Thursday, December 09, 2004

Prescott vs. Gross

Tomorrow, David Gross et al. will pick their Nobel prizes. There have been interesting exchanges at the news conference on Tuesday: ...

David Gross, whom I don't have to introduce, explained that
  • "Making money is perhaps fun ... but it's nothing compared with exploring nature."
The reporters asked Prescott, whom I need to introduce - he shares the economy Nobel prize - about the effects on economic growth if all people thought like Gross.
  • "It would be an unmitigated disaster."
Fair enough. The stability of the economy and humankind is based on the rule that the people like David Gross who don't have to follow the most simplified economic models are exceptional, and they should remain exceptional. The economy works because most people are subject to mechanisms that stimulate progress and production.

On the other hand, if every single human were able - and lucky enough - to contribute to the humankind as much as David Gross, the usual very-low-energy effective rules of economy, as Prescott knows them, would certainly break down. ;-)

This is a good point to say something related to Gross's statement - which may also be a news for many of our colleagues in economics:
  • The economists like Prescott may be intelligent ... but it's nothing compared to the scientists like Gross.
Indeed, one does not have to be a Nobel prize winner to say the statements that Prescott chose, like "it's totally OK to have budget deficits and the trade gap and it's OK if the currency rates fluctuate - in fact, it's better because I get much more of my Nobel prize." Come on, Mr. Prescott. These statements may be true, or false - and most likely, I would tend to agree that they're true and I would agree with Prescott's debunking of keynesianism - but these statements are mostly political proclamations - and biased guesses - i.e. statements without a too deep science behind them.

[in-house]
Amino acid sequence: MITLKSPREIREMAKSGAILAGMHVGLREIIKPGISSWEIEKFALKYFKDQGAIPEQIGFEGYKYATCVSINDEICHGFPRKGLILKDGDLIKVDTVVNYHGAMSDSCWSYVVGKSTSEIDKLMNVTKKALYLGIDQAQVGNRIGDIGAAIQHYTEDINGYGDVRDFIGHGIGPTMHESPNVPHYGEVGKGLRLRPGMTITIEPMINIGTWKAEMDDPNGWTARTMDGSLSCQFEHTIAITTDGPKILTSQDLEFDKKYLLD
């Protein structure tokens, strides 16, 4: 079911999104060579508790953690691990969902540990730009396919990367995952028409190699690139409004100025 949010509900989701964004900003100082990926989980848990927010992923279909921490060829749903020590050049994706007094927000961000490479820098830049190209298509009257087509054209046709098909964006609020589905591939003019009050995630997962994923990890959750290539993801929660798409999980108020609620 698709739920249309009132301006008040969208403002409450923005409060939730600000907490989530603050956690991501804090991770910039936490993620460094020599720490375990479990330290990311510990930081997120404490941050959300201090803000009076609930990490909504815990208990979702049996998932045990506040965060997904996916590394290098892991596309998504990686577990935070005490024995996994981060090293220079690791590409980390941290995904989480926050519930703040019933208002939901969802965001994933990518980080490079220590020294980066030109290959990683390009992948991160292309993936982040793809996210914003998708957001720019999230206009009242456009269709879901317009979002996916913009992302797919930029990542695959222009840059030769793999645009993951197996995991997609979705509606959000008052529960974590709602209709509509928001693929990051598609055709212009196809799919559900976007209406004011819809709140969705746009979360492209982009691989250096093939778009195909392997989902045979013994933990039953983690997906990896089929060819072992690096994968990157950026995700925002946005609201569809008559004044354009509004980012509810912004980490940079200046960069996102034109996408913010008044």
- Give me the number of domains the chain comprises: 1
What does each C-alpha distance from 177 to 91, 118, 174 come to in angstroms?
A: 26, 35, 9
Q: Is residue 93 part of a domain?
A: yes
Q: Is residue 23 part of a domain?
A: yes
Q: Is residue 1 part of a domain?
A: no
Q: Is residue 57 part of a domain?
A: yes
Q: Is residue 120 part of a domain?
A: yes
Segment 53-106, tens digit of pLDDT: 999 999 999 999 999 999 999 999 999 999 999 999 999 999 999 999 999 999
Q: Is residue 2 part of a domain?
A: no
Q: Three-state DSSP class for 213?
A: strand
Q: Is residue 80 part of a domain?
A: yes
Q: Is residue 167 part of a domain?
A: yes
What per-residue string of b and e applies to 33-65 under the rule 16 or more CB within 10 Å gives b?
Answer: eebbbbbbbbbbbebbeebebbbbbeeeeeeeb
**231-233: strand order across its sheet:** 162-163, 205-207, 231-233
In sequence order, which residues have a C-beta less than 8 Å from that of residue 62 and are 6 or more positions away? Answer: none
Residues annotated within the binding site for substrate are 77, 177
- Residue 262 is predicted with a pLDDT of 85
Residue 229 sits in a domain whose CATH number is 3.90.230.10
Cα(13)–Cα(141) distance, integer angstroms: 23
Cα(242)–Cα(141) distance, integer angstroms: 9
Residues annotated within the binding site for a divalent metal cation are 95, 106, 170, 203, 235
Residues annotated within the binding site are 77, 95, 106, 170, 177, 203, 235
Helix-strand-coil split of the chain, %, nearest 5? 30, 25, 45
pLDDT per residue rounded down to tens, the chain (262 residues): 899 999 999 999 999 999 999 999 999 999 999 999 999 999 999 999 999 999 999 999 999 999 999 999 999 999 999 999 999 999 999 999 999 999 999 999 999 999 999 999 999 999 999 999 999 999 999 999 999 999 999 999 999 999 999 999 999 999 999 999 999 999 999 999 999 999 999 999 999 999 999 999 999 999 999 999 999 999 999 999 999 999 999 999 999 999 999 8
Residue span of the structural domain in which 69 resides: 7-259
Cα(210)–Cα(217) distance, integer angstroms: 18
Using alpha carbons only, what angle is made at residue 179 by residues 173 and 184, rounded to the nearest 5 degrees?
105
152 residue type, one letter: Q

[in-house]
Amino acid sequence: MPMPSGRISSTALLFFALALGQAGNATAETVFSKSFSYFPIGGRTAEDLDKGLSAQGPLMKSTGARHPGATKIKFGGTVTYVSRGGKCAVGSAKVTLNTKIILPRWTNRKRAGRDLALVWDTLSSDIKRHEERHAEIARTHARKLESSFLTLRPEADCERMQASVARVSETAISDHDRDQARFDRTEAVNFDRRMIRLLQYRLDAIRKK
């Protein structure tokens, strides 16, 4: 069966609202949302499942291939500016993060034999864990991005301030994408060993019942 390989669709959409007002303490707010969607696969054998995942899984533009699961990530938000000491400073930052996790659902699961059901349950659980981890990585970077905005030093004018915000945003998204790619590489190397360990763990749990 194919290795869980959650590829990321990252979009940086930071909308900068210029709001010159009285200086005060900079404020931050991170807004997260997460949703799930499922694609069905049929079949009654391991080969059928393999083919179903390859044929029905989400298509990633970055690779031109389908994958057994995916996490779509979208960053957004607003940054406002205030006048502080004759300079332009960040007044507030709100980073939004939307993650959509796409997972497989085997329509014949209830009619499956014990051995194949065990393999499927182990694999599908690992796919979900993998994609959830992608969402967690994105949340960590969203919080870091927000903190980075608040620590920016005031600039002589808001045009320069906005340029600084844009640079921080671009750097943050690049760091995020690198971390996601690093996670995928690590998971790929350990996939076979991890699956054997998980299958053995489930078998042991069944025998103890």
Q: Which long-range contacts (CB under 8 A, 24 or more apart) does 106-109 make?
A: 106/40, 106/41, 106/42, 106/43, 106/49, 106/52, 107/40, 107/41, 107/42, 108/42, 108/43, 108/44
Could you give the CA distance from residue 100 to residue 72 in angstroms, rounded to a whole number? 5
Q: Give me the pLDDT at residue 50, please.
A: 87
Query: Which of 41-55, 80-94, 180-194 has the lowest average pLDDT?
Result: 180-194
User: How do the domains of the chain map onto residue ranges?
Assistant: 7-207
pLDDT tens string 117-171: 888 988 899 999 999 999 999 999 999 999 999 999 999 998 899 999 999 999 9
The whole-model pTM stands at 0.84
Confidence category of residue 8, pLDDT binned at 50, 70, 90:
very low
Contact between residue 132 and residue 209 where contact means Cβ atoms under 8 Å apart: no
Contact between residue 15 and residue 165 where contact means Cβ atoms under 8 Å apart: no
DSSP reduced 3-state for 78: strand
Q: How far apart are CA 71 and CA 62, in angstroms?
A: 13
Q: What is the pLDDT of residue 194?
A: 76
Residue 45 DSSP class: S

Even though I think that Prescott is a very reasonable and well-educated economist with good convictions based on common sense, I would expect a little bit more respect from Mr. Prescott to the people who are undoubtedly smarter than he is. ;-)

Well, these exchanges are just fun, of course. At the end, the Nobel prize winners agree about more or less everything. For example, they agree that the calls to boycott Israeli scientists are misled and contradict the principles necessary for progress in science.

A previous article on my blog about the background of the 2004 Nobel prize winners is here.


  1. Correct me if I'm wrong, but I don't take Gross' statement as an anti-capitalist left-wing statement. I think he just expressed his passion for science and his belief that there can be more meaningful things in life than just accumulating money, though "it's fun". Whether or not Gross appreciates the blessings of American capitalism is not clear from this one statement and anyone who thinks otherwise is probably overinterpreting or has further background knowledge about Gross' convictions.

    To me the exchange sounds like friendly teasing. Making money is a necessary nuisance, says the scientist, exploring nature is the real deal. If we didn't make money you couldn't do science and society would be an unmitigated disaster, repsonds the economist. So what!?


  2. Hi Mike!

    I don't consider Gross's statement as anti-capitalist either! ;-) You know, David has certainly been on the left for quite some time, but one of the reasons why e.g. I am his fan is that he starts to enjoy being conservative. He's certainly against communism and things like that, and he enjoys to quote Churchill, Laffer's curve, and things like that. ;-)

    I agree that it's friendly teasing, and I also agree with you, so to say.

    All the best

  3. Actually, these comments are not surprising: quite a few of the economics Nobelists are undeserving. They have all kinds of theories, which don't work in reality. But that does not matter. The standards for economics prizes are better than for peace, but MUCH lower than for physics.

    In fact, since string theory, at least, can be compatible with reality, string theorists should be candidates for Nobel in the future.